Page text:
NO PARDON FOR SUFFRAGETTES

 

 

PARDONS.

This week’s commemoration of thirty-year-old women getting the vote in 1918 was marred for me by the suggestion that the women who resorted to arson and criminal damage should be retrospectively pardoned.

This is like Britain apologising for various historic crimes like slavery and changing the names of buildings named after slave owners etc.

History is history and cannot be changed. We cannot make ourselves feel better about our imperial past by apologising now. What we can do is conduct ourselves properly now.

The violent behaviour of the suffragette women was condemned at the time and certainly would be condemned by politicians today. Just because the arson and damage occurred a hundred years ago, doesn’t justify it. Nor did it achieve its objective. Indeed, one could argue that the suspension of violence during the First World War made it easier for opponents to admit defeat to this highly just cause.

POLITICAL EFFECT.

Can we trace the dramatic decline of the Liberal Party to their leader Herbert Asquith’s opposition to women getting the vote? The first election after women were allowed to vote saw a huge majority for the coalition led by the Liberal David Lloyd George. However, the three elections in the early 1920’s saw the great switch between Labour and the Liberals.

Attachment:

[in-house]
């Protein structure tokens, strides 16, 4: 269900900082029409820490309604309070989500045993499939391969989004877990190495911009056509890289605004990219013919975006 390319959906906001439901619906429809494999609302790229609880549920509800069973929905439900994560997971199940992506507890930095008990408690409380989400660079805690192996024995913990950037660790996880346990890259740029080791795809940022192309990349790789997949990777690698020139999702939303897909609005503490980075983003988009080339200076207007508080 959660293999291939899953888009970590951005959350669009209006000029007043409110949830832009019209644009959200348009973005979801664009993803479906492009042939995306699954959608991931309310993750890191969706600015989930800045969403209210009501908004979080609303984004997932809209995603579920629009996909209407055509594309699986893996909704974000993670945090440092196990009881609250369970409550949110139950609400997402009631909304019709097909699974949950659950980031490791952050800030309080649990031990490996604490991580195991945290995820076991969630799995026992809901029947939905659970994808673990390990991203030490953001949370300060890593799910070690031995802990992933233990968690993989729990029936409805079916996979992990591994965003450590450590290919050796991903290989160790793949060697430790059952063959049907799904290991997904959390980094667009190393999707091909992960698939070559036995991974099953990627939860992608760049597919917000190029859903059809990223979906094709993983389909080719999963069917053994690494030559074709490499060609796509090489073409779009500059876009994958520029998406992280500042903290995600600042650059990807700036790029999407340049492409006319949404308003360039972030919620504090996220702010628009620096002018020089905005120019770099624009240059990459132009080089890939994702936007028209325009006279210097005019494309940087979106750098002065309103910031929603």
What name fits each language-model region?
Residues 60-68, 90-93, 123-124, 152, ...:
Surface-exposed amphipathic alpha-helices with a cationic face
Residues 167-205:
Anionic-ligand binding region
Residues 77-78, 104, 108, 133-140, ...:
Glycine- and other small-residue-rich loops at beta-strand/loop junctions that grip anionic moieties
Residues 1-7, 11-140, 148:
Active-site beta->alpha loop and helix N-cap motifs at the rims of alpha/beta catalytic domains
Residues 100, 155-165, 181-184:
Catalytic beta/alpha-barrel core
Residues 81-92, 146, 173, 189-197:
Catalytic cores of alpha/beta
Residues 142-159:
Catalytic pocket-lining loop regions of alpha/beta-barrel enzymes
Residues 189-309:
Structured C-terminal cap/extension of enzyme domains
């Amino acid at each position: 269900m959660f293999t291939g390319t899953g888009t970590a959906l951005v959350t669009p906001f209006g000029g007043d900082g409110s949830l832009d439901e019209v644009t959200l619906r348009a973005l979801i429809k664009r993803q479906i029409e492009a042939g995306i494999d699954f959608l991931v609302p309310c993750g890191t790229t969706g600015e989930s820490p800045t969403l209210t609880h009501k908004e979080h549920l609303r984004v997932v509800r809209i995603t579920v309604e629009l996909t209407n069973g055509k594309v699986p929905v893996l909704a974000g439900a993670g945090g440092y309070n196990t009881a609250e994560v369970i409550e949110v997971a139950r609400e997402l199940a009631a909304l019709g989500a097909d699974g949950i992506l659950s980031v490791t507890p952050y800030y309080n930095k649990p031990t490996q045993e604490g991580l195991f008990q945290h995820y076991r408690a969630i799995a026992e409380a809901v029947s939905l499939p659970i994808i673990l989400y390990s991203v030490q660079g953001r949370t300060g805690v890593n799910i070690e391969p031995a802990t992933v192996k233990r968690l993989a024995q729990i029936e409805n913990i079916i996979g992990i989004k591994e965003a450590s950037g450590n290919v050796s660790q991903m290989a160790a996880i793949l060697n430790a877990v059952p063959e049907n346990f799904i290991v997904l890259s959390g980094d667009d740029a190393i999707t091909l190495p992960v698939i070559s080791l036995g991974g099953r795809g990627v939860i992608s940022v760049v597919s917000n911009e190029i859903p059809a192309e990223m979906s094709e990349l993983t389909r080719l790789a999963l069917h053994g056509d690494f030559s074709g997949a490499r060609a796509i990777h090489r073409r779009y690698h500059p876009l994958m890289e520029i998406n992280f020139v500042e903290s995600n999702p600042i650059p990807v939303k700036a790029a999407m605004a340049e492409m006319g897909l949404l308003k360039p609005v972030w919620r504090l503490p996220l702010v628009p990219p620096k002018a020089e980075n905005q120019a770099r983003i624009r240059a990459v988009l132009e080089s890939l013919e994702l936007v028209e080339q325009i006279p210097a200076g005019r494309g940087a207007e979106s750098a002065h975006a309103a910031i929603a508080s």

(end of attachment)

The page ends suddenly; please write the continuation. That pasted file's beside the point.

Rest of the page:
We should not overlook the fact that millions of working class men were also enfranchised which will have helped Labour.

TOP NORTH WEST WOMEN MPS.

This important anniversary had me thinking about some of the remarkable women MPs I have reported on over the years.

Way ahead at the top of my list is Barbara Castle, the Labour MP for Blackburn for thirty years after the Second World War. She showed how effective a woman MP could be. As Minister for Transport she introduced two of the most significant features affecting everyone who drives; seat belts and the breath test. She was subject to huge amounts of abuse from “one for the road” motorists or people arguing that wearing a belt was an infringement of their liberty. More abuse followed when as Secretary for Employment she tried to bring an end to wild cat strikes with her plan “In Place of Strife”. Then in the mid seventies when Labour returned to office she introduced a major improvement in pensions with the State Earnings Related Pensions Scheme.

From local government on the Labour side I would choose Louise Ellman. As leader of Lancashire Council in the 1980’s she saw a role for local government in the regeneration of areas. Lancashire Enterprises was a ground-breaking concept at the time with people claiming it wasn’t a council’s role. Now it is commonplace.

On the Conservative side I look to the Wirral. Lynda Chalker was the MP for Wallasey for many years and served in many ministerial departments. Of more recent vintage we have Esther McVey who was a Wirral MP but now sits in the Cabinet representing Tatton. I would also give a mention to Christine Hamilton who should have been an MP but did a brave job defending her husband Neil during the cash for questions drama.